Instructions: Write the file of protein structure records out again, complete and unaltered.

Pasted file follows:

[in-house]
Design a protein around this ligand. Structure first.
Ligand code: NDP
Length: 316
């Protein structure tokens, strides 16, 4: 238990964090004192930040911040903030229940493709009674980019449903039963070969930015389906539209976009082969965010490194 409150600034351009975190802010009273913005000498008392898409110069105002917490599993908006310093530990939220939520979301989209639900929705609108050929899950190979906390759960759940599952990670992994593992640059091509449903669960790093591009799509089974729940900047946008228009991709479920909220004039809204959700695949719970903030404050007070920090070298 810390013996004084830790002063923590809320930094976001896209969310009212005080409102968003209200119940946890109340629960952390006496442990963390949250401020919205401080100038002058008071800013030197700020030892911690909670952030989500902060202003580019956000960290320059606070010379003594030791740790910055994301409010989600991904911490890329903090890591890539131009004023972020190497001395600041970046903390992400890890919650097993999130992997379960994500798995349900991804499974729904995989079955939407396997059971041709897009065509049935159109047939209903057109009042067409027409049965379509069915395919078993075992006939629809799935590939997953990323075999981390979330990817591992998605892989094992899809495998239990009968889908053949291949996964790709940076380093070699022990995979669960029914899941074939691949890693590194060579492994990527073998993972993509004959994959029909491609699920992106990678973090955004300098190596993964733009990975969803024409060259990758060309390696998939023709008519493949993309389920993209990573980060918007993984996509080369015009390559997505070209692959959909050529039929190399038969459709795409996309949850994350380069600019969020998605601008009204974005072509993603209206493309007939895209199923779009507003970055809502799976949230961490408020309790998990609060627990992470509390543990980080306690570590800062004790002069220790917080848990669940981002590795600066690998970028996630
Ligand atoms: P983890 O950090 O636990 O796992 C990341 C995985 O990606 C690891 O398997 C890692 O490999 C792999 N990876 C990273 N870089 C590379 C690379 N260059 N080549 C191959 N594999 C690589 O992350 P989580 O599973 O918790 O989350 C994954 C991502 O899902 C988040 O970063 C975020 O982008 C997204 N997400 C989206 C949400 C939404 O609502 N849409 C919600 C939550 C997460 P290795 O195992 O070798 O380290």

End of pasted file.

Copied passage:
[in-house]
Design a protein around this ligand. Structure first.
Ligand code: NDP
Length: 316
């Protein structure tokens, strides 16, 4: 238990964090004192930040911040903030229940493709009674980019449903039963070969930015389906539209976009082969965010490194 409150600034351009975190802010009273913005000498008392898409110069105002917490599993908006310093530990939220939520979301989209639900929705609108050929899950190979906390759960759940599952990670992994593992640059091509449903669960790093591009799509089974729940900047946008228009991709479920909220004039809204959700695949719970903030404050007070920090070298 810390013996004084830790002063923590809320930094976001896209969310009212005080409102968003209200119940946890109340629960952390006496442990963390949250401020919205401080100038002058008071800013030197700020030892911690909670952030989500902060202003580019956000960290320059606070010379003594030791740790910055994301409010989600991904911490890329903090890591890539131009004023972020190497001395600041970046903390992400890890919650097993999130992997379960994500798995349900991804499974729904995989079955939407396997059971041709897009065509049935159109047939209903057109009042067409027409049965379509069915395919078993075992006939629809799935590939997953990323075999981390979330990817591992998605892989094992899809495998239990009968889908053949291949996964790709940076380093070699022990995979669960029914899941074939691949890693590194060579492994990527073998993972993509004959994959029909491609699920992106990678973090955004300098190596993964733009990975969803024409060259990758060309390696998939023709008519493949993309389920993209990573980060918007993984996509080369015009390559997505070209692959959909050529039929190399038969459709795409996309949850994350380069600019969020998605601008009204974005072509993603209206493309007939895209199923779009507003970055809502799976949230961490408020309790998990609060627990992470509390543990980080306690570590800062004790002069220790917080848990669940981002590795600066690998970028996630
Ligand atoms: P983890 O950090 O636990 O796992 C990341 C995985 O990606 C690891 O398997 C890692 O490999 C792999 N990876 C990273 N870089 C590379 C690379 N260059 N080549 C191959 N594999 C690589 O992350 P989580 O599973 O918790 O989350 C994954 C991502 O899902 C988040 O970063 C975020 O982008 C997204 N997400 C989206 C949400 C939404 O609502 N849409 C919600 C939550 C997460 P290795 O195992 O070798 O380290």